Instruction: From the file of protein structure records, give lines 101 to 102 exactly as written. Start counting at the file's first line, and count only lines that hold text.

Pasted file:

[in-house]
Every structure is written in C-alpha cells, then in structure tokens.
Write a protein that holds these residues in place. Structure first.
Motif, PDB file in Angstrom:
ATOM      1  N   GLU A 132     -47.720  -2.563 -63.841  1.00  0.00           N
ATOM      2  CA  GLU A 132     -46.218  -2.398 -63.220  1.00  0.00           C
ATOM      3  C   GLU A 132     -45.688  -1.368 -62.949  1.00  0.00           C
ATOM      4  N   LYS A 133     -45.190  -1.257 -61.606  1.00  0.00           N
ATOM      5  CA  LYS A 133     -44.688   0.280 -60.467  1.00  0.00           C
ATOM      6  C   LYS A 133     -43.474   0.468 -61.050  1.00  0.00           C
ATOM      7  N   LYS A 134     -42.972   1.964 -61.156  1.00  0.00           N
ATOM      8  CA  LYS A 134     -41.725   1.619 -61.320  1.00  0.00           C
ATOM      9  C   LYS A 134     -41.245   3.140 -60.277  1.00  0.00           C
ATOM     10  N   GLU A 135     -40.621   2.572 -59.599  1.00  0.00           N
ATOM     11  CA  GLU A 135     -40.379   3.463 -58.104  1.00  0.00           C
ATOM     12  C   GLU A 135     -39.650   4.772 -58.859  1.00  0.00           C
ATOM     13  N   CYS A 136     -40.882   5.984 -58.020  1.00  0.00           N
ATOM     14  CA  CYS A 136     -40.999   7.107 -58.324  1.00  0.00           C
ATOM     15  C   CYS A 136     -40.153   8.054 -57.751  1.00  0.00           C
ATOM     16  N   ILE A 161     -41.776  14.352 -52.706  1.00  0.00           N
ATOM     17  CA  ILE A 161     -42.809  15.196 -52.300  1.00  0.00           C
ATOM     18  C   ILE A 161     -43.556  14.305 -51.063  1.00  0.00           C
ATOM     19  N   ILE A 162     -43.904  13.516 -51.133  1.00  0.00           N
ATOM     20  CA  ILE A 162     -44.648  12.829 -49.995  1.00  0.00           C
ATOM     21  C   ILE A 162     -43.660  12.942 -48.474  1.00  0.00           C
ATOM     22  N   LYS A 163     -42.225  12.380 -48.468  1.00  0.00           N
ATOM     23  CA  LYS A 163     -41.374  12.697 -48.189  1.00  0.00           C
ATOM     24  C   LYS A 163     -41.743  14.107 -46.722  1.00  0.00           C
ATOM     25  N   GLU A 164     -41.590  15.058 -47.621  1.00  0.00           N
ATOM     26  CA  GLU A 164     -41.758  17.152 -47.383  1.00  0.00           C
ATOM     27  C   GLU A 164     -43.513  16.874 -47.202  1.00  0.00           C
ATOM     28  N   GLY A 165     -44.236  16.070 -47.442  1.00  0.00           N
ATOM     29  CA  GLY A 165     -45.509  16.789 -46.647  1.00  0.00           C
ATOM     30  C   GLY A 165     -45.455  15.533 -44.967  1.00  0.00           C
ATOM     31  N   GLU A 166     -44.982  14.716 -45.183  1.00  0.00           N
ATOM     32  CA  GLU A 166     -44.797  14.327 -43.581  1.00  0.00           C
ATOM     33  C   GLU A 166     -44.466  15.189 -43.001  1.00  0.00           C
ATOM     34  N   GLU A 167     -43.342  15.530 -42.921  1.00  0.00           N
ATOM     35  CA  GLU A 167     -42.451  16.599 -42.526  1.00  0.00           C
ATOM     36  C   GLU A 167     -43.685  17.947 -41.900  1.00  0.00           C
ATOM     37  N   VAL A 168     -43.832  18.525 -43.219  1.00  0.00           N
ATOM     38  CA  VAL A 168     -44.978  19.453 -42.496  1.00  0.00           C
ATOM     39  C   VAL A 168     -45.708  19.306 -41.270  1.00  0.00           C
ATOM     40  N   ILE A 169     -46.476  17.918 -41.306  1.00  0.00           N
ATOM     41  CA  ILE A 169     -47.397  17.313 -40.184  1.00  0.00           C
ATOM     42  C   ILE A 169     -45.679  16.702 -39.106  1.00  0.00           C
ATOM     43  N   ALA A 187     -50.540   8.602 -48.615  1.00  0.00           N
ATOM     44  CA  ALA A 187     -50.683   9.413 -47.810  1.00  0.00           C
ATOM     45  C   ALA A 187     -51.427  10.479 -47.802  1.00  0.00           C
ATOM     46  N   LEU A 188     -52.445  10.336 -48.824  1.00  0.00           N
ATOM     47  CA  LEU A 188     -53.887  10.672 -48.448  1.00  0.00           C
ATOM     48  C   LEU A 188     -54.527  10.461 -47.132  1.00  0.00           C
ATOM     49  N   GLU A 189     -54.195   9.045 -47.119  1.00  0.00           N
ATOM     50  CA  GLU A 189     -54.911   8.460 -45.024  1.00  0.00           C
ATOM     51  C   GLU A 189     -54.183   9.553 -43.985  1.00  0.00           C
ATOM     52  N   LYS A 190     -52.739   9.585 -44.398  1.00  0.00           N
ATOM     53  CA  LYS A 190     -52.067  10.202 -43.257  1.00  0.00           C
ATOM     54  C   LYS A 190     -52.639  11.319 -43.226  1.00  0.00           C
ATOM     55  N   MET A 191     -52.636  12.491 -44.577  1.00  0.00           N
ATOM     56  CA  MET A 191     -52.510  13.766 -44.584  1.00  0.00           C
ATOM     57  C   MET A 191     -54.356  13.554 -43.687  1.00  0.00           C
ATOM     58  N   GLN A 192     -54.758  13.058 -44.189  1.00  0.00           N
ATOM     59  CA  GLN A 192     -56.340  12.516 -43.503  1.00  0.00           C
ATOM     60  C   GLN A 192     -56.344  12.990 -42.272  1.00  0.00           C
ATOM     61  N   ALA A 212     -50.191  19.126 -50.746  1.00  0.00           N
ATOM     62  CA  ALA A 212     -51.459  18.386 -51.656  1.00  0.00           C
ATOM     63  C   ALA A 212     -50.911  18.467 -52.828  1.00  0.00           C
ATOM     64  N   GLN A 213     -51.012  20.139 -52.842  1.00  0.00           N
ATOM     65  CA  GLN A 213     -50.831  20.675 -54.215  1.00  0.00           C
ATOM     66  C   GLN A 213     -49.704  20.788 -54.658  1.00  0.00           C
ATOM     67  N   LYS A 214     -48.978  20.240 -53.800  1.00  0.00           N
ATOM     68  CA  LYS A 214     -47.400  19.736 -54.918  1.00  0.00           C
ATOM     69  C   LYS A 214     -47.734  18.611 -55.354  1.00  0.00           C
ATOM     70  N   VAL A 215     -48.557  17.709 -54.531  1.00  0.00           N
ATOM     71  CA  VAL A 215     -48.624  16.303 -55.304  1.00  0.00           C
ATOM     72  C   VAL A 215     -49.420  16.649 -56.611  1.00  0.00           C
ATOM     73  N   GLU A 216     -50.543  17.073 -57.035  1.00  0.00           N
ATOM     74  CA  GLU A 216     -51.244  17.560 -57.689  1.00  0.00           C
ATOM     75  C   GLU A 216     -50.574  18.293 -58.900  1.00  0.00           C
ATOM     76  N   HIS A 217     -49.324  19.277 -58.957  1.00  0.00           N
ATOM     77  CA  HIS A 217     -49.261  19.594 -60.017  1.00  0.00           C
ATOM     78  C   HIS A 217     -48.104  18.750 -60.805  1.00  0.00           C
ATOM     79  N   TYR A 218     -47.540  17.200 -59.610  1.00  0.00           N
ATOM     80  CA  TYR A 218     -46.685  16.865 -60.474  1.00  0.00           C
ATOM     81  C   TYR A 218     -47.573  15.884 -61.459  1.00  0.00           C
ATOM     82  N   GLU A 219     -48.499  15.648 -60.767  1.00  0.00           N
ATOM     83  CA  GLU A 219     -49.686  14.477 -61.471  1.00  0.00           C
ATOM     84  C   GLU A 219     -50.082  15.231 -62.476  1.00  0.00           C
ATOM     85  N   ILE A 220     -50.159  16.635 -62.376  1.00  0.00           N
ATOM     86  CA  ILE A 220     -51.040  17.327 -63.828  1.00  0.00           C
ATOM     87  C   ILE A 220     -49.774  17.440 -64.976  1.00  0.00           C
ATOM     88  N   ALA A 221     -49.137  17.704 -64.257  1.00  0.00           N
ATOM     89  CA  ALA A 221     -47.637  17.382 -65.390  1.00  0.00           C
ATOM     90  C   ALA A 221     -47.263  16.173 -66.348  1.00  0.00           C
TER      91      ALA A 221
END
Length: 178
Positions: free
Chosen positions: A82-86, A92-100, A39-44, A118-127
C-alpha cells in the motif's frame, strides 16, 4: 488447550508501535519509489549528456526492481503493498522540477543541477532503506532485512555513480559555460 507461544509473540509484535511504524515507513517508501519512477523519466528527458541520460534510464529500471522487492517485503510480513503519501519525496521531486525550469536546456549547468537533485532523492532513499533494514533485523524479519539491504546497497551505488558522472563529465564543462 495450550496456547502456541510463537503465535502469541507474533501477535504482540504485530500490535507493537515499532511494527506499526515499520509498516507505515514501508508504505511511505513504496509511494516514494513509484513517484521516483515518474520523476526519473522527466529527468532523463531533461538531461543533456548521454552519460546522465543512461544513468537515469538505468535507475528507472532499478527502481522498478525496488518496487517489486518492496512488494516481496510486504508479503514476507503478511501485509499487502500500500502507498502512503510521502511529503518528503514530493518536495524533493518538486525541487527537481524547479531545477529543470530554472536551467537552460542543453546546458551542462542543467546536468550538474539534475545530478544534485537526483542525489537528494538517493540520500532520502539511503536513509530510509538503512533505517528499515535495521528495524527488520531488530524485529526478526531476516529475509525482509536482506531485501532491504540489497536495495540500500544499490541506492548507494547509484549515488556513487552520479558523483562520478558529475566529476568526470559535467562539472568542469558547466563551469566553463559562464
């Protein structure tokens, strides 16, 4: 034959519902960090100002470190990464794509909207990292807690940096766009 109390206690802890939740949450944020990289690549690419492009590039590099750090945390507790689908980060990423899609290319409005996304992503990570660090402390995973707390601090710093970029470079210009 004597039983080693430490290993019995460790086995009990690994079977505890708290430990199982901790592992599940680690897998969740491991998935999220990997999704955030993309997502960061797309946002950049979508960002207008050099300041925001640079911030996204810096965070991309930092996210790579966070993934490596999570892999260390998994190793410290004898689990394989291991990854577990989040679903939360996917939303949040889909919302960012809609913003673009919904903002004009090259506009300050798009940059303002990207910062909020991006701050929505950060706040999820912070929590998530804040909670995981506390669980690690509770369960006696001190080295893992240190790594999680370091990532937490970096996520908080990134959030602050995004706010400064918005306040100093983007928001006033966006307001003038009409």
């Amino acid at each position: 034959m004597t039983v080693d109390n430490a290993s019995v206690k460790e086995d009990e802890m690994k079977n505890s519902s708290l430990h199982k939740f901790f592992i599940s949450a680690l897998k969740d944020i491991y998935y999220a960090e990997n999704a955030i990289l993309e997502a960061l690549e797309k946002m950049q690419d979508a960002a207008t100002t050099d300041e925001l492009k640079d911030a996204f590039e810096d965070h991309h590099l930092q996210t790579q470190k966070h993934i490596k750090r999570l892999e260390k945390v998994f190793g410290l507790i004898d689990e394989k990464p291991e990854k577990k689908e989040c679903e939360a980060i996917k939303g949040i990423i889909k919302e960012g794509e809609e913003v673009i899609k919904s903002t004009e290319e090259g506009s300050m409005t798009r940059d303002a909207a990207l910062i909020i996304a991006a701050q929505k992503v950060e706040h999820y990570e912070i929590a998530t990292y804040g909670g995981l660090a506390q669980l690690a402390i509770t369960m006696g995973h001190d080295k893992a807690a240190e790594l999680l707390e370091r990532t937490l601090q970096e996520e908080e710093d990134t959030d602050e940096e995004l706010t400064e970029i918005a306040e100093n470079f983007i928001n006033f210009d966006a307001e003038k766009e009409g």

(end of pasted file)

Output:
């Protein structure tokens, strides 16, 4: 034959519902960090100002470190990464794509909207990292807690940096766009 109390206690802890939740949450944020990289690549690419492009590039590099750090945390507790689908980060990423899609290319409005996304992503990570660090402390995973707390601090710093970029470079210009 004597039983080693430490290993019995460790086995009990690994079977505890708290430990199982901790592992599940680690897998969740491991998935999220990997999704955030993309997502960061797309946002950049979508960002207008050099300041925001640079911030996204810096965070991309930092996210790579966070993934490596999570892999260390998994190793410290004898689990394989291991990854577990989040679903939360996917939303949040889909919302960012809609913003673009919904903002004009090259506009300050798009940059303002990207910062909020991006701050929505950060706040999820912070929590998530804040909670995981506390669980690690509770369960006696001190080295893992240190790594999680370091990532937490970096996520908080990134959030602050995004706010400064918005306040100093983007928001006033966006307001003038009409």
């Amino acid at each position: 034959m004597t039983v080693d109390n430490a290993s019995v206690k460790e086995d009990e802890m690994k079977n505890s519902s708290l430990h199982k939740f901790f592992i599940s949450a680690l897998k969740d944020i491991y998935y999220a960090e990997n999704a955030i990289l993309e997502a960061l690549e797309k946002m950049q690419d979508a960002a207008t100002t050099d300041e925001l492009k640079d911030a996204f590039e810096d965070h991309h590099l930092q996210t790579q470190k966070h993934i490596k750090r999570l892999e260390k945390v998994f190793g410290l507790i004898d689990e394989k990464p291991e990854k577990k689908e989040c679903e939360a980060i996917k939303g949040i990423i889909k919302e960012g794509e809609e913003v673009i899609k919904s903002t004009e290319e090259g506009s300050m409005t798009r940059d303002a909207a990207l910062i909020i996304a991006a701050q929505k992503v950060e706040h999820y990570e912070i929590a998530t990292y804040g909670g995981l660090a506390q669980l690690a402390i509770t369960m006696g995973h001190d080295k893992a807690a240190e790594l999680l707390e370091r990532t937490l601090q970096e996520e908080e710093d990134t959030d602050e940096e995004l706010t400064e970029i918005a306040e100093n470079f983007i928001n006033f210009d966006a307001e003038k766009e009409g």